Oscar Wilde only penned one novel. One he didn’t likely imagine as allegory for future American politics. Though given sufficient time to germinate, every moral of man’s frailty eventually finds purchase in life.
Wilde, the once married but frequently homosexed playwright and poet, produced The Picture of Dorian Gray in July 1890. Only God knows whether the rise to preeminence of neoconservatism almost exactly a century later was intended as divine trolling. Though the coincidence probably shouldn’t be discounted. Regardless, the story’s titular character–a vision of the author’s personal aspiration–was a handsome and charismatic aesthete. A young man who, eschewing morality, comes to find fulfillment only in self-indulgence.
At some point Gray poses for a full-length oil portrait, and afterwards contemplates its permanence against his own fleeting physical beauty. Determined to a maintain a lifestyle of amoral licentiousness into perpetuity, he trades his soul so that he will age and wither only in the portrait. And so he does. His face eventually becoming a ravaged monstrosity in its secreted away painting. The moral scars of vice, venality, and deceit written only to oil. He peddles lies abundantly, perhaps most generously to himself. Though in the veil of sunlight, he remains a man of unblemished attractiveness.
Eventually Dorian becomes so dissolute, and his portrait so correspondingly abominable, that he can no longer bear its sight. He feels mocked by this manifestation of his malign existence and wants no silent testament to it. So he slashes it with a knife…and falls himself mortally wounded. The devil collects his due. Later the corpse of a hideous old man is found lying before a pristine portrait returned again to dazzling youth.
Gray learned too late that consequence is a relentless creditor, and every man’s debts eventually come due. He sought to evade the consequences of his crimes by destroying their proof in the portrait. That he fell by the lunge of hands that had so harmed others is enjoyed as just reward.
And that is The Picture of Dorian Gray. By the way, did you know it was Oscar Wilde who coined the phrase life imitates art? It’s fascinating how assiduously modern conservatism has worked to substantiate his claim. For in observing the establishment’s increasingly frantic reactions to the Trump phenomenon, one will see the unmistakable progression from teeth gnashing to portrait slashing.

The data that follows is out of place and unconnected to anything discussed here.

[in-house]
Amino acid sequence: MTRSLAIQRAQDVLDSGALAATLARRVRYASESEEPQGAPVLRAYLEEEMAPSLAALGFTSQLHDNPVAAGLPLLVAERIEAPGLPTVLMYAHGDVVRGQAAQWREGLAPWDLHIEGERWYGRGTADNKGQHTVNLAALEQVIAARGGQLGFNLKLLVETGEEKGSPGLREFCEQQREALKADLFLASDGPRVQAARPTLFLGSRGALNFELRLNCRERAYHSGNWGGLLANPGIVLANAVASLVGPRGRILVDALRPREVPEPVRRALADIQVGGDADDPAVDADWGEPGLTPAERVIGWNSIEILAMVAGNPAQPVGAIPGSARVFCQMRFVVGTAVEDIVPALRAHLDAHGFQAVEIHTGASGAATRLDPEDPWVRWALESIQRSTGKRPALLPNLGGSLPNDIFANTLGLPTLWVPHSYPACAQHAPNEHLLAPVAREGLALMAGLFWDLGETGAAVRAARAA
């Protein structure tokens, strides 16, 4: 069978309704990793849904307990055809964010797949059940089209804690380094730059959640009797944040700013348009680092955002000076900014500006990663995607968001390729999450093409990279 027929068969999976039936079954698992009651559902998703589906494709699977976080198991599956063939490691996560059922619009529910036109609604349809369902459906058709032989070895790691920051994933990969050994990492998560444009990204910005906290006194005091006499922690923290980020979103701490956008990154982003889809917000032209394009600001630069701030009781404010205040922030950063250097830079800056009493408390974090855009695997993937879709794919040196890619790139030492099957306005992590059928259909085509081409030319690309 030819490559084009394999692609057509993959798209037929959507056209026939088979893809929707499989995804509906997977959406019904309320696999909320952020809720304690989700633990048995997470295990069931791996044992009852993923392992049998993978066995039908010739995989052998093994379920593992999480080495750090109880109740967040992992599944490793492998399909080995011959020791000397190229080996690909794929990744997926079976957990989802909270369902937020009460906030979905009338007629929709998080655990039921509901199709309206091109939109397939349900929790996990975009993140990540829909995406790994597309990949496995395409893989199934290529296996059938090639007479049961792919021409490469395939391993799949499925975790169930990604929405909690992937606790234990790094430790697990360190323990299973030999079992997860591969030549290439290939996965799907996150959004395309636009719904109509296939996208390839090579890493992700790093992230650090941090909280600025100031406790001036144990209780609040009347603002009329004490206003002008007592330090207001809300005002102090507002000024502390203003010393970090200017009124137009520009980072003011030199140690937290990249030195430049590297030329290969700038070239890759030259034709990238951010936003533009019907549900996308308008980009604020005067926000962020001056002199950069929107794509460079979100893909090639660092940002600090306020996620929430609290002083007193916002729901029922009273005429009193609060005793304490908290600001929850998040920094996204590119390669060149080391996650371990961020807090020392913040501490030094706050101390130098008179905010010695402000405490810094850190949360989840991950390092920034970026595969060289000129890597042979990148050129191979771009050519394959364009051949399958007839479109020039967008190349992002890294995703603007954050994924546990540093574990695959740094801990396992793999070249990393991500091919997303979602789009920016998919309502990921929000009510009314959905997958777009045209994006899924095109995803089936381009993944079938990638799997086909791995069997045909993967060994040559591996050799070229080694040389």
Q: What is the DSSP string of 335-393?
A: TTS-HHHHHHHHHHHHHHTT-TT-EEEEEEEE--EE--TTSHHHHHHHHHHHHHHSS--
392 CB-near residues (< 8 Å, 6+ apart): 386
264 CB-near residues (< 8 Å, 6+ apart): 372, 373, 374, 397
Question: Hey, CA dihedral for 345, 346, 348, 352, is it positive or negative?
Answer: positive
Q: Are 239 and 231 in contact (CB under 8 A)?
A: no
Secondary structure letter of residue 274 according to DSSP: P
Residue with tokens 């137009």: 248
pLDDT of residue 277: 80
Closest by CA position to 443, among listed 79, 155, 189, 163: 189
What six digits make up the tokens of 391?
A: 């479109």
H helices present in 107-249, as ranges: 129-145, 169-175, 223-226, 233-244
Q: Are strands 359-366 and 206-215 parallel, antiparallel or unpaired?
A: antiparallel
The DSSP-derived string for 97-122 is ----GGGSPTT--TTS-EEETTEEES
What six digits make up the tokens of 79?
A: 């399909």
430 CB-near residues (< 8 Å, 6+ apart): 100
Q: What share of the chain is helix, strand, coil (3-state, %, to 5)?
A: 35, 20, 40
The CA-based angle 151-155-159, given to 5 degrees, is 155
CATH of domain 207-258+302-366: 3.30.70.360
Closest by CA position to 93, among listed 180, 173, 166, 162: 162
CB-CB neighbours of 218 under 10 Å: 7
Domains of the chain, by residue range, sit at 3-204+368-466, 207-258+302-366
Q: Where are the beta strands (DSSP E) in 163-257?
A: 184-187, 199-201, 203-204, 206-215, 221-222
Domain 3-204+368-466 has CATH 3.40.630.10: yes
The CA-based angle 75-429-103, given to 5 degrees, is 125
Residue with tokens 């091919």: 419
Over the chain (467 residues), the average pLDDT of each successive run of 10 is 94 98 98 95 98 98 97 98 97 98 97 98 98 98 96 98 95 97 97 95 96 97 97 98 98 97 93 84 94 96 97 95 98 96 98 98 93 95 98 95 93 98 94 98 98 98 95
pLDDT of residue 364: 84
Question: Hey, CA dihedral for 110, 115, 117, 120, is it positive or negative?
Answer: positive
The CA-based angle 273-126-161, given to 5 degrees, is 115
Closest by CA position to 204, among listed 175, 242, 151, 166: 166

In the beginning, the Dorian Gray conservatives wished to pursue only a life of soft pleasures and rhetorical beauty. Of cocktail parties and sinecures, insipid platitudes, and value-molding in meticulous self-interest. Even more, they came to abhor both the unpleasant obloquy of political opposition and the unseemly interests of grubby constituents. To their delight it was discovered that shunning the latter would avoid the former. The absence of both stressors serving as miraculous anti-aging salves.
And so the Faustian bargain was struck. Dorian Gray conservatives were granted perpetual beauty to corporate sponsors, absolution from terms ending in ‘ism, and respect from blow-dried heads inside the media archipelago.
Of course that was merely conservatism’s agreeable outward appearance. Its hidden portrait was turning repellent with betrayals and malign neglect: Consistent efforts to pry open the border, H-visas, foreign aid, foreign wars, and foreign politicians explaining “our values,” flag-draped coffins, loss of free association, neighborhoods extirpated by diversity, knock-out games, violent crime, apology groveling, affirmative action, HUD incursions, exploding government debt, money printing, judicial penumbras, social withdrawal, third-world cities, white as a pejorative, university Bolsheviks, flea market communities, insourcing, outsourcing, TPP, gay “marriage,” political purges, speech firings, funding alien fecundity, mosques blossoming like taco stands, cosmic racial hypocrisy, servility to AIPAC, the white privilege of being last priority, and always–always–the worst enemies to the right…all of this overseen with smiles ranging from wan to radiant. It is the superficial beauty of conservatism without conservatives. People with values replaced by values without people.
While their portrait was growing ever more loathsome, DG conservatives were still looking quite dashing if they do say so. Towing the Overton line meticulously, uttering repetitious inanities on Fox News, and never allowing more than an inch of space between themselves and liberalism’s shadow. There could be no life more exquisite.
That is until a pompous blond billionaire simply sat Dorian’s portrait on the public square and started campaigning beside it. To people who do not commute in Lear jets, the comparison was astonishing. By offering to actually conserve some of what conservatives cherish, and giving them succor from conservatism’s predatory donor class, Trump has revealed the portrait’s odious positions merely by contrasting them with his own.
As customary, the Dorian Gray conservatives can only discern appearances, and thus leap at Trump and his supporters, hoping his political demise will erase all evidence of their decadence and duplicity.
Slash, lunge, stab.
They are certain they despise Trump on his own merits, though the most candid rancor comes from what he reveals about them. That is what they most want destroyed, in the minds of voters if nothing else. So the attacks commence. I do think they may prove fatal, though, as in Wilde’s tale, not to the intended party. And when corrupt conservatism’s cadaver is one day found for the history books, it will be very amusing indeed if the coroner looks up to find a certain portrait of perfect health looming over it.